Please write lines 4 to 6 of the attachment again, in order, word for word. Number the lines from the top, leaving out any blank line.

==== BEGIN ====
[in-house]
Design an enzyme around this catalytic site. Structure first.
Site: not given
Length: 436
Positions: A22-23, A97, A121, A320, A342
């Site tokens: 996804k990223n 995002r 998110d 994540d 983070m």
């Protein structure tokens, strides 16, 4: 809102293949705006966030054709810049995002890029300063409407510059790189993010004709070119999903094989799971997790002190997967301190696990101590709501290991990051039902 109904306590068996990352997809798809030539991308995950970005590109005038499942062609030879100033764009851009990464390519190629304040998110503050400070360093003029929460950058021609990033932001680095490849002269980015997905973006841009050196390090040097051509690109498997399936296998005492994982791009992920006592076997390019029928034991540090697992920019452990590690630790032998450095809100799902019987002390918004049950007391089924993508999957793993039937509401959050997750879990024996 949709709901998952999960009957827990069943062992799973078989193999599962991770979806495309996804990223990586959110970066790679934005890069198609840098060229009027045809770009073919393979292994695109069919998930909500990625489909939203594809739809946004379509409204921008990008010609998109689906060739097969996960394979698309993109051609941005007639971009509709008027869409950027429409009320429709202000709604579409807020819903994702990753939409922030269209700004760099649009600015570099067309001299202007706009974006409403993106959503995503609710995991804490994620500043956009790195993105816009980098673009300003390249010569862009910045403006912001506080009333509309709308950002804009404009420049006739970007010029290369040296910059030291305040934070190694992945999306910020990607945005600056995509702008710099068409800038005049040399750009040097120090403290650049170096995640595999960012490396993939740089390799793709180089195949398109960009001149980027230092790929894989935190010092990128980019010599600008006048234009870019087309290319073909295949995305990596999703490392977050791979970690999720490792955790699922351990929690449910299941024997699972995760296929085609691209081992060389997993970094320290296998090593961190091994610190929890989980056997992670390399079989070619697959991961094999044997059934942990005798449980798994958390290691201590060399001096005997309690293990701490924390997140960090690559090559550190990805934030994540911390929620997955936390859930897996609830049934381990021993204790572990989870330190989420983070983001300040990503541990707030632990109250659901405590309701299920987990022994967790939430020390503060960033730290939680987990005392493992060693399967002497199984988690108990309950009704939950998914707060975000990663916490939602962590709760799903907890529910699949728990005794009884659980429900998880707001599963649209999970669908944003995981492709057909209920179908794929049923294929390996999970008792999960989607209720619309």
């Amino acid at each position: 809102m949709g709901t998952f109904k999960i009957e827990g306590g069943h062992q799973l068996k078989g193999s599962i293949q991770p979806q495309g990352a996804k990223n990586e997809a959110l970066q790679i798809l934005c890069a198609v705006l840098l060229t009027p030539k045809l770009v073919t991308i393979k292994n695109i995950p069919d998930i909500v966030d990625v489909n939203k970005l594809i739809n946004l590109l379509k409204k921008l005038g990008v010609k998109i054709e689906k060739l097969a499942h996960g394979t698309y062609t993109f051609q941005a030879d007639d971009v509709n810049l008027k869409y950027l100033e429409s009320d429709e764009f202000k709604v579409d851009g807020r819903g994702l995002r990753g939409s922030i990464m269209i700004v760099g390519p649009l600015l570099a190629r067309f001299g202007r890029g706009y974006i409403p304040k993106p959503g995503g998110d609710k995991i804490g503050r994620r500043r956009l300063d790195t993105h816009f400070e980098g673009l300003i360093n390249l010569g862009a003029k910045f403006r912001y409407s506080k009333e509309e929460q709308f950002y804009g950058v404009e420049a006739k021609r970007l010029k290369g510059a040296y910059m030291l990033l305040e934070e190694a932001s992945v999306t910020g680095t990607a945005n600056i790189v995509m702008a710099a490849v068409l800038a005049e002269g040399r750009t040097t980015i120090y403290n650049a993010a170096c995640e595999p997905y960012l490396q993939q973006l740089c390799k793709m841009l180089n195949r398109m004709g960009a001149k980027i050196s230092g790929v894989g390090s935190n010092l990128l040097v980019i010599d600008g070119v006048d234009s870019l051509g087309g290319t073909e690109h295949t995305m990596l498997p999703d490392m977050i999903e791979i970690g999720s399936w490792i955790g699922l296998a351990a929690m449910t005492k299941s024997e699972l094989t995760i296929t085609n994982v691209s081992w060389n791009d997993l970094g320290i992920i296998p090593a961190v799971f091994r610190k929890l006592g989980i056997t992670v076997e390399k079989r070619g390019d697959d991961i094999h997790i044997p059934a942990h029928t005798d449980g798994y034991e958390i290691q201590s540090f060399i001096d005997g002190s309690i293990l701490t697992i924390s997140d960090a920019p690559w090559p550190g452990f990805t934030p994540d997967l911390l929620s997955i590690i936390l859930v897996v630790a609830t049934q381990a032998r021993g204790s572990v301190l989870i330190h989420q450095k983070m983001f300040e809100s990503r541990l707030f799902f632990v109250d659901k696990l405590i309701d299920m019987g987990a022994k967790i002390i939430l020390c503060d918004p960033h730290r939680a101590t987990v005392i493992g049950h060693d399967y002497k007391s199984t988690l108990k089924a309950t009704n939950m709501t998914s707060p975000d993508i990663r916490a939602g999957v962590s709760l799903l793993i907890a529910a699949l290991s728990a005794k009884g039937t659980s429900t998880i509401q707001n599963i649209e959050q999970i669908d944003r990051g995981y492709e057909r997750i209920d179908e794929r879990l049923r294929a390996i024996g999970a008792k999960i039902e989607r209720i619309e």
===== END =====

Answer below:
Length: 436
Positions: A22-23, A97, A121, A320, A342
């Site tokens: 996804k990223n 995002r 998110d 994540d 983070m």